Butterflying your cocooned idea into a profitable good or service means, first of all, appraising its market viability. How promising is your idea to your market niche? Does this product have a magnetic quality that would most likely draw consumers and market shares? A product has magnetism to the degree it possesses one or more of nine characteristics: (1) Blessing, (2) Novelty, (3) Design, (4) Quality, (5) Price, (6) Multidimensionality, (7) Speed, (8) Duration, (9) Freshness Mystique.
Is your business idea supernaturally empowered, because you seek the Lord and live under His presence and voice every single day?
Remember beloved, first and foremost you are a Christian entrepreneur. This means you and your enterprise are bound to God's way (if you desire supernatural blessing). But, you may say, what about all the ungodly businesses prospering without divine favor? True. Many wicked prosper (Ps 10:5, 73:3).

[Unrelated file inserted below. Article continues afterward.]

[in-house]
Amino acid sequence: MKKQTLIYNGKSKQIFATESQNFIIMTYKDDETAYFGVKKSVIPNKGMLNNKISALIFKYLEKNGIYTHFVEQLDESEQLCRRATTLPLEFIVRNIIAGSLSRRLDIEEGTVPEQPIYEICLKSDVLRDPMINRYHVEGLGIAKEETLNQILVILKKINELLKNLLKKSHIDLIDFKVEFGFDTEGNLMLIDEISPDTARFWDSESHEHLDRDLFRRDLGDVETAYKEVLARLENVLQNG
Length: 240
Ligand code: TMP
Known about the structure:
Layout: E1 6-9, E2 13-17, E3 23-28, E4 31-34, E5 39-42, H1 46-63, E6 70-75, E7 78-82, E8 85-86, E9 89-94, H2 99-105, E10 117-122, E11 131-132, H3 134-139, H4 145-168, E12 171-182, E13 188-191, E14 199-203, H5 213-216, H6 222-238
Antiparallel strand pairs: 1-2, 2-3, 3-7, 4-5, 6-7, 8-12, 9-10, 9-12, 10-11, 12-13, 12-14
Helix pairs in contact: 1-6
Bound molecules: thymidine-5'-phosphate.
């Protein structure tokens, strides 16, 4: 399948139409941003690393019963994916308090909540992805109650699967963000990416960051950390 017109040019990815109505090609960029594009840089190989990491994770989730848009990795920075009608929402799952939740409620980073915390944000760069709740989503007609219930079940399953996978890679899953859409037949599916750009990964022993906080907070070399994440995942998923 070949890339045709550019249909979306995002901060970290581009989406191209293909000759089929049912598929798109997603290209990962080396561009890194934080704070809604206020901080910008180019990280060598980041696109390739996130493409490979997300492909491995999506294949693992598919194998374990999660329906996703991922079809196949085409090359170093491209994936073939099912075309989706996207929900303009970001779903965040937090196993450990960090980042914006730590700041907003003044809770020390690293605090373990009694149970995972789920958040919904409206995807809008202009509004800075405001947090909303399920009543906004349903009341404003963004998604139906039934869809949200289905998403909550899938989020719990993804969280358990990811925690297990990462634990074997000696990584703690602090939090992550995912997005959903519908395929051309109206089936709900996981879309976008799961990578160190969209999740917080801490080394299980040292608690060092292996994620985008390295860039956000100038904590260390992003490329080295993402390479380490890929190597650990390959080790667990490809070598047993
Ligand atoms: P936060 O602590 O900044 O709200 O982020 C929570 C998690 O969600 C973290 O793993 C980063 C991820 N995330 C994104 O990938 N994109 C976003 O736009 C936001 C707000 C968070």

Yet this is precisely why your righteous enterprise must usurp and displace them (Pr 13:22, Ecc 2:26, Isa 54:3). God's solution to wicked wealth is not in changing universal business laws. His solution is you! A more exact Biblical term for this might be dispossession.
Scripture is straightforward about invoking God's blessing, in whatever area. 2Chronicles 26:5 (NIV) says this about King Uzziah: ...As long as he sought the LORD, God gave him success. Proverbs 16:3 (NIV) says it like this: Commit to the LORD whatever you do, and he will establish your plans.
The Lord is Your CEO
The Lord your God must be the true CEO of your life and your business. First, this means having daily intimacy with Him, spending focused time with Him everyday in prayer, worship, Bible study, listening, and obeying what you learn in those meetings (Mk 1:35).
Second, this means marinating your business in regular times of fasting and prayer (especially with one or two others).